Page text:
1. The 10-step process for developing training courses
The process for developing performance-based training includes the following 10 steps. The
first four steps constitute the task analysis that is necessary to design and develop relevant,
useful training materials. Steps 5–10 constitute the design and development process.
1. Define the target population for training.
2. List the tasks to be performed by the target population on the job.
3. List the skills and knowledge needed to do the tasks.
4. Select the skills and knowledge to be taught. (These make up the
5. Organize the selected skills and knowledge into suitable teaching units
(modules) and develop ...view middle of the document...
at this level may include health assistants, medical assistants, nurses, clinical assistants,
clinicians or physicians. Some may be private practitioners. They may or may not be able
to attend 5 days of training away from their jobs, so options are given for conducting the
course in a series of shorter sessions as well.
The target population for Management of tuberculosis: training for district TB
coordinators includes individuals responsible for planning, organizing, implementing and
evaluating the activities of a district TB control programme. A district usually serves a
population of 100 000 or more.
The District TB Coordinator is usually a physician or a nurse. He or she may have clinical
duties, but the job is primarily administrative and managerial. The District TB Coordinator
has no direct supervisory authority over health facility staff, but is responsible for
overseeing their performance of tasks related to TB case detection and treatment in health
facilities. In some districts, a team of people may work together to carry out the tasks of the
District TB Coordinator.
1.2 Listing the tasks to be performed by the target population
To list the tasks to be performed by the target population, one must know what “good
performance” is, in other words, what a good performer would do on the job. To find out, the
training developers must have access to:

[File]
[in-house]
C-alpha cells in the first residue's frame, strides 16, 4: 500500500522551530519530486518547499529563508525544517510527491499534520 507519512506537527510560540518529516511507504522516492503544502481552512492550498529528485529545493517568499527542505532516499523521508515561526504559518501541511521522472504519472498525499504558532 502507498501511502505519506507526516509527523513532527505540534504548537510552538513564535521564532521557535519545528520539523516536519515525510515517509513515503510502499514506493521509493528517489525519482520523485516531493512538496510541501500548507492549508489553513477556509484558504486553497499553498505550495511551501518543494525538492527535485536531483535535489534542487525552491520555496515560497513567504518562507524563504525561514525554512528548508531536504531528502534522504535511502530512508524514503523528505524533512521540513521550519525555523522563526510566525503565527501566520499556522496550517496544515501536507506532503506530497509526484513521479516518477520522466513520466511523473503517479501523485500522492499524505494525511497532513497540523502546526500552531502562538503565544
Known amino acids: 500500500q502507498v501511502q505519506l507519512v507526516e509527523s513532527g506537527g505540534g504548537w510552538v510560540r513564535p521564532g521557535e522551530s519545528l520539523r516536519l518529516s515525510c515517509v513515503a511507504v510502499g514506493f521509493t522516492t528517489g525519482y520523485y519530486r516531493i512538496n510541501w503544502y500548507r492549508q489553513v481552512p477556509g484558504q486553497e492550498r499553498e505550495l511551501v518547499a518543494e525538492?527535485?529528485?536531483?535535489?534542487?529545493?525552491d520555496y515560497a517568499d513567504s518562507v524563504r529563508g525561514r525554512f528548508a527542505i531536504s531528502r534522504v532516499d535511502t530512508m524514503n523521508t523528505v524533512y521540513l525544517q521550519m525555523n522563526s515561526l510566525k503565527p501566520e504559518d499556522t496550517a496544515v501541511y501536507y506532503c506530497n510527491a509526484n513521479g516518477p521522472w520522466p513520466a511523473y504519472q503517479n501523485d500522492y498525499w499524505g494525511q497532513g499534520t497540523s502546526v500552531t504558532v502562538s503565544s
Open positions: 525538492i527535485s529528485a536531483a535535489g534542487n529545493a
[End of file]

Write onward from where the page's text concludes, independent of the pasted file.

• technical experts who can accurately describe the job,
• good performers who can be observed doing the job, and/or
• documents and manuals that accurately describe the job.
Through discussion with experts, observations, and review of documents, the training
developers develop a step-by-step task list.
The task lists for management of tuberculosis presented in this document were derived
from guidelines in the following WHO publications, as well as discussions with WHO staff
who have observed and consulted on TB control in many countries:
• Tuberculosis handbook. Geneva, World Health Organization, 1998 (WHO/TB/98.253)
• An expanded DOTS framework for effective tuberculosis control. Geneva, World Health
Organization, 2002 (WHO/CDS/TB/2002.297)
• Treatment of tuberculosis: guidelines for national programmes, 3rd ed. Geneva, World
Health Organization, 2003 (WHO/CDS/TB/2003.313)
1.3 Listing the skills and knowledge needed to do the tasks
For each task involved in a job, the training developers next list the skills and knowledge
required to perform the task. Skills are generally actions such as measuring, mixing,
recording, calculating, communicating, or making decisions. Required knowledge is the
information needed to do a task correctly.
One task involved in treating patients who have TB is to Inform the patient and family
about TB and directly observed treatment. One skill required for this task is to
communicate clearly in a supportive way. Required knowledge includes the key facts that
must be communicated about TB and its...